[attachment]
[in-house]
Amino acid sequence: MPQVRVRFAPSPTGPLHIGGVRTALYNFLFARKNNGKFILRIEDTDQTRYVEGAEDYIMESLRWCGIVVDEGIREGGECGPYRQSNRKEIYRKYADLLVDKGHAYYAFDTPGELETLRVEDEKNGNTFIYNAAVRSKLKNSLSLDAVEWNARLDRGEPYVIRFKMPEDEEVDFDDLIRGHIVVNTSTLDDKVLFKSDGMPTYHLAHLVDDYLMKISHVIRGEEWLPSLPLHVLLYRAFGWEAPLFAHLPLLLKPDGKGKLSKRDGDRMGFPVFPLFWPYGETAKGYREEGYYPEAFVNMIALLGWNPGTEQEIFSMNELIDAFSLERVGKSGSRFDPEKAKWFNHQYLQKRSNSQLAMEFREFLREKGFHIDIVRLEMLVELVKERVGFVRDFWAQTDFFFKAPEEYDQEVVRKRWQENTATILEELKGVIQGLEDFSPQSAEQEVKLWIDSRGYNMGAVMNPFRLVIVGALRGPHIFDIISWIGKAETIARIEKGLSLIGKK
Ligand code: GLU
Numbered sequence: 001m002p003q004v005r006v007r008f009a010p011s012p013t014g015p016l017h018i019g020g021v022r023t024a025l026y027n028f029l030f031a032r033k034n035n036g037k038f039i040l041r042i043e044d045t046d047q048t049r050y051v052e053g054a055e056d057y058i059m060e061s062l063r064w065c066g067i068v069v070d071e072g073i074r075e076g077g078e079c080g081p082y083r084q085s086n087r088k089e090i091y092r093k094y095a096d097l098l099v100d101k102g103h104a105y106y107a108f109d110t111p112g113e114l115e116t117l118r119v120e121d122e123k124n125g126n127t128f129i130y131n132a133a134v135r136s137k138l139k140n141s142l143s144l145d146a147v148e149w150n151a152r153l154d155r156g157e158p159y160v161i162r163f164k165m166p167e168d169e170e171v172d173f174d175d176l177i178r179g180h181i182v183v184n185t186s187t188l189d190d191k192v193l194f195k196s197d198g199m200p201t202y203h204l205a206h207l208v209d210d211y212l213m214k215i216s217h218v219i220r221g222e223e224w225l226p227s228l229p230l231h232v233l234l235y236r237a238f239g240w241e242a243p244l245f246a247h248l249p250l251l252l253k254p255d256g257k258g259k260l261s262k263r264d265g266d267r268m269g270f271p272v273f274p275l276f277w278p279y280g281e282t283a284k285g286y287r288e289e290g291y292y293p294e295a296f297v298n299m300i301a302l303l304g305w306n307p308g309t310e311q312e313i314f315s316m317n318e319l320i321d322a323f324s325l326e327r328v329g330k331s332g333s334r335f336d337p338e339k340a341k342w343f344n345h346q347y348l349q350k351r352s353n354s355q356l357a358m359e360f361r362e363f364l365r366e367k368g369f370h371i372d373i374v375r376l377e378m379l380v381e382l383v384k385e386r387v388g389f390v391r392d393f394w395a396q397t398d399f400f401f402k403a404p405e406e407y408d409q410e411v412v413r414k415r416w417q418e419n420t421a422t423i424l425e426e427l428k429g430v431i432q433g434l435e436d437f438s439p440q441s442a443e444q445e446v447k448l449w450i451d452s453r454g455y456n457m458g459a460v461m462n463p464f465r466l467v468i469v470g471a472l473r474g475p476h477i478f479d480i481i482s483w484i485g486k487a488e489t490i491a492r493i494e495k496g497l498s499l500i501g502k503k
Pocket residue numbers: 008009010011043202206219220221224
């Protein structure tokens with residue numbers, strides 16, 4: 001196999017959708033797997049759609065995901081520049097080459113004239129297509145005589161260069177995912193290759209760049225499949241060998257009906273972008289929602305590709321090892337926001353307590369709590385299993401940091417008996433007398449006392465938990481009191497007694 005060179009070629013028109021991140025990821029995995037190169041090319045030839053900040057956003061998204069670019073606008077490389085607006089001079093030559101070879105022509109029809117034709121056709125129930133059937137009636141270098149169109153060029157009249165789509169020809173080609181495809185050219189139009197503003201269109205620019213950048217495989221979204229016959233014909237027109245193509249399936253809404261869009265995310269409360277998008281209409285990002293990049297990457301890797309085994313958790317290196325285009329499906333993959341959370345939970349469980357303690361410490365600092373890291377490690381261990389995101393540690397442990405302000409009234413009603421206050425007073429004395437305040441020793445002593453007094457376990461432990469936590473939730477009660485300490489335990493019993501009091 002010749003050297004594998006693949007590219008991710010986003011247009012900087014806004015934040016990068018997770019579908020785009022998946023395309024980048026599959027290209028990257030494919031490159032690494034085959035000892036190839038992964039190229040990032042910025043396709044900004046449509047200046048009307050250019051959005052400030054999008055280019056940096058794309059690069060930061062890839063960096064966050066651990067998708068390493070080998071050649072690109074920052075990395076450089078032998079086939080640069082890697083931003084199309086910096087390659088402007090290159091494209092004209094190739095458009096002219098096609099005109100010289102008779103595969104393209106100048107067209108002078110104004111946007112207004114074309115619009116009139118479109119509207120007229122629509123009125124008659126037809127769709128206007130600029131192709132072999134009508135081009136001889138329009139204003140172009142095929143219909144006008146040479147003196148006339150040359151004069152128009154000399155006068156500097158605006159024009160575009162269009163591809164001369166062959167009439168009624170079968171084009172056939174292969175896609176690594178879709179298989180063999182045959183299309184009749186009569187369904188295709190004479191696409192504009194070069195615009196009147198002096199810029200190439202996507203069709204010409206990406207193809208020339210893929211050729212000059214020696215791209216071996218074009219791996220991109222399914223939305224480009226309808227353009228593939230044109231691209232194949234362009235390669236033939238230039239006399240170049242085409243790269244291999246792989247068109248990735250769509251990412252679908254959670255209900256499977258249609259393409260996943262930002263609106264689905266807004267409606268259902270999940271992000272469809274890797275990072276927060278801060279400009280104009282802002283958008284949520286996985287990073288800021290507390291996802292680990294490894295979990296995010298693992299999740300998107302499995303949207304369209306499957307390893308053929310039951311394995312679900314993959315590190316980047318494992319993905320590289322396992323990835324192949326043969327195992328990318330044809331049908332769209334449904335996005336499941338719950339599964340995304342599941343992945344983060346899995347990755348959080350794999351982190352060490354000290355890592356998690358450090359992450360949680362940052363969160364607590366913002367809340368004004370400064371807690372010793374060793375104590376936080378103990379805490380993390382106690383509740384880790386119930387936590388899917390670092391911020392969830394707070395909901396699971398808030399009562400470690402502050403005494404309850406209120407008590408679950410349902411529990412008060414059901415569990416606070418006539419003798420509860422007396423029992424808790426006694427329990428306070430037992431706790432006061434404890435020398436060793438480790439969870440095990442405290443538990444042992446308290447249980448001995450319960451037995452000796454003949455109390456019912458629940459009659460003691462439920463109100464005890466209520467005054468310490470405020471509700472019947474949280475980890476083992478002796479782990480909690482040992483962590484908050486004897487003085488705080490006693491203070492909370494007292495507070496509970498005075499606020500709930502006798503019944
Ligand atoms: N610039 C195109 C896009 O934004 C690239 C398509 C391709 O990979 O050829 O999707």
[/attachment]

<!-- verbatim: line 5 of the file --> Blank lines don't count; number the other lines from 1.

Pocket residue numbers: 008009010011043202206219220221224